At this very moment, US intelligence personnel are poring over documents, uncovering the depth of the anti-American plotting of Osama bin Laden and his Al Qaeda network.
Al Qaeda prisoners are being interrogated in an effort to unlock past secrets and interdict future threats to the United States and the world. As this investigation proceeds, the web of terrorist networks forged by Mr. bin Laden in his struggle against the West is becoming clear.
Some of the exposed links are not surprising - including Iran, Somalia, Sudan, Pakistan, Saudi Arabia, and Egypt. Notably absent is Iraq. Given the spate of post-Sept. 11 media reports linking Iraq with bin Laden, one would expect a flood of evidence coming from Afghanistan confirming such a relationship.
Even the alleged meetings between Mohammed Atta - a suspected leader of the Sept. 11 hijackers - and an Iraqi intelligence official in Prague are inconclusive. The Czech government has sent conflicting reports concerning this meeting and, even if the meeting took place, the supposed topic of discussion - an attack on a Radio Free Europe radio transmitter used to broadcast anti-Hussein programming - is a far cry from the 9/11 attacks.
The lack of documentation of an Iraq-Al Qaeda connection in this intelligence trove should lead to the questioning of the original source of such speculation, as well as the motivations of those who continue to peddle the "Iraqi connection" theory. Foremost among them are opposition leader Ahmed Chalabi of the Iraqi National Congress and his American sponsors, in particular Deputy Secretary of Defense Paul Wolfowitz, former CIA Director James Woolsey, and former Undersecretary of State Richard Perle.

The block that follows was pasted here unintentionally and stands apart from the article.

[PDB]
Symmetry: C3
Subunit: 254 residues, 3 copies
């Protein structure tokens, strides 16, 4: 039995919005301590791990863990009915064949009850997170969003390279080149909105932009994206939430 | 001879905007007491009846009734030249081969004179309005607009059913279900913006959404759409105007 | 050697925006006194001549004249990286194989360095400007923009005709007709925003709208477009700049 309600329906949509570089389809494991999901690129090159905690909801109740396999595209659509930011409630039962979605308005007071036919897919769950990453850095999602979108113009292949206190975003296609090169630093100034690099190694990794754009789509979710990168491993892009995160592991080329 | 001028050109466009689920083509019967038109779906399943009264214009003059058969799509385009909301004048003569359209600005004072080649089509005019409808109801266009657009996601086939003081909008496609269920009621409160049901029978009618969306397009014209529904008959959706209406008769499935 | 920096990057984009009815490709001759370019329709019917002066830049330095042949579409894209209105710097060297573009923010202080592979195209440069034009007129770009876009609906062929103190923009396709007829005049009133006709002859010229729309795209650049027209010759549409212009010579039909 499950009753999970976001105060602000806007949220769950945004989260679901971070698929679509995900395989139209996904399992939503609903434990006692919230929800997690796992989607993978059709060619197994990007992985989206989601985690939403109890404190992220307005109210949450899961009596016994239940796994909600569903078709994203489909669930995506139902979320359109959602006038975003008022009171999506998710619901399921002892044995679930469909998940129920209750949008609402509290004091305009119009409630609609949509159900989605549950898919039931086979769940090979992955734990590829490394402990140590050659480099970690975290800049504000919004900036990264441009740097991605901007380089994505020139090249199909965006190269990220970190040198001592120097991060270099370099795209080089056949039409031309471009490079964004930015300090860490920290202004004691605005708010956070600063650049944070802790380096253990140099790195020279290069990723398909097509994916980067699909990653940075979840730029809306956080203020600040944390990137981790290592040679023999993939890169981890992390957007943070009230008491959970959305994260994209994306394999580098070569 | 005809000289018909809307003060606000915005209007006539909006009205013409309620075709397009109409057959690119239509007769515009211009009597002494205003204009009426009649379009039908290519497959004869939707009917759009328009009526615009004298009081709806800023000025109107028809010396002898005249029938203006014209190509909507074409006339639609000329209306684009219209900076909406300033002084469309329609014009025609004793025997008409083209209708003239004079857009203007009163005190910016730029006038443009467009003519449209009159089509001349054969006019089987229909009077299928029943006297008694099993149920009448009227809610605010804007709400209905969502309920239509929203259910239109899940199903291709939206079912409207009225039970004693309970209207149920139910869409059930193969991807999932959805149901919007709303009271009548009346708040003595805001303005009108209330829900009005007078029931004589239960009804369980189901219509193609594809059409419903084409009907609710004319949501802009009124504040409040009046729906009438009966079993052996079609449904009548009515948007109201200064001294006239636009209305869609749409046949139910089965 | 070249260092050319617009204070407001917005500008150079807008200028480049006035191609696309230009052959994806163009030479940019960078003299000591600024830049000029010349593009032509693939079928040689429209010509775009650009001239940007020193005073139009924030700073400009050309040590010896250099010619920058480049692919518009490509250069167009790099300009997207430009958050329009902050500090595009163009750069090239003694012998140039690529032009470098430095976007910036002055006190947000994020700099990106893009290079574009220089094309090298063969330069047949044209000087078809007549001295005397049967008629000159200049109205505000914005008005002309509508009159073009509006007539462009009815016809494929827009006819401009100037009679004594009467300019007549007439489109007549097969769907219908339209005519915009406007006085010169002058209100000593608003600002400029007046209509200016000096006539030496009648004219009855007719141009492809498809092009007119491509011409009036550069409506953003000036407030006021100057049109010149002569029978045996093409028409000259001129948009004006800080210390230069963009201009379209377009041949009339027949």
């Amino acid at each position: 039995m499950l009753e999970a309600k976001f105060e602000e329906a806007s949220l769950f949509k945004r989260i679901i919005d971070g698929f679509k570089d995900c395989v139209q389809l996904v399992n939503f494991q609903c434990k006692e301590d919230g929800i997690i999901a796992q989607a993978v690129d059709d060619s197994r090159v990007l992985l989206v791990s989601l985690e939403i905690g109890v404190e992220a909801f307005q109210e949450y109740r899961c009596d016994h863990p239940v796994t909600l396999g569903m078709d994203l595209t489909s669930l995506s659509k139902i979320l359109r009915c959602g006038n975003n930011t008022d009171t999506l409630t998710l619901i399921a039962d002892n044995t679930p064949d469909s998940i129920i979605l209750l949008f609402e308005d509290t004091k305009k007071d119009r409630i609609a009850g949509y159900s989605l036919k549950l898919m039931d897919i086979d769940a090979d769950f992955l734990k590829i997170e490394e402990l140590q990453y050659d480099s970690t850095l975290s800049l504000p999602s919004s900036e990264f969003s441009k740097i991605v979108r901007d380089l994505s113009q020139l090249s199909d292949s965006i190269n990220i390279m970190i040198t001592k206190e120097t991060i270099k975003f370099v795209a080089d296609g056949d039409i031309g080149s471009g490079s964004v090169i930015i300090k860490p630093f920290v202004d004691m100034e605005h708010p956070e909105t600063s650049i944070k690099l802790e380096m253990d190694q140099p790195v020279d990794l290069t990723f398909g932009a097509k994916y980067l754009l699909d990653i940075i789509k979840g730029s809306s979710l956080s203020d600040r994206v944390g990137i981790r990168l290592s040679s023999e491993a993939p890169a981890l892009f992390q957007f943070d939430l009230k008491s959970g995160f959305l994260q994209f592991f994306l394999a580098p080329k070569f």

During my service as a UN weapons inspector, I had responsibility for liaison with Mr. Chalabi and the Iraqi National Congress to gather "intelligence information" derived from Chalabi's erstwhile network of defectors and in-country sources. This information turned out to be more flash than substance. For example, there was the "engineer" who allegedly worked on Saddam Hussein's palaces who spoke of a network of underground tunnels where crates of documents were allegedly hidden during inspections. Inspectors did find a drainage tunnel. However, despite the fact that no documents were discovered, Chalabi took the tunnel's existence as confirmation that documents also existed, and spoke as if they were an established fact.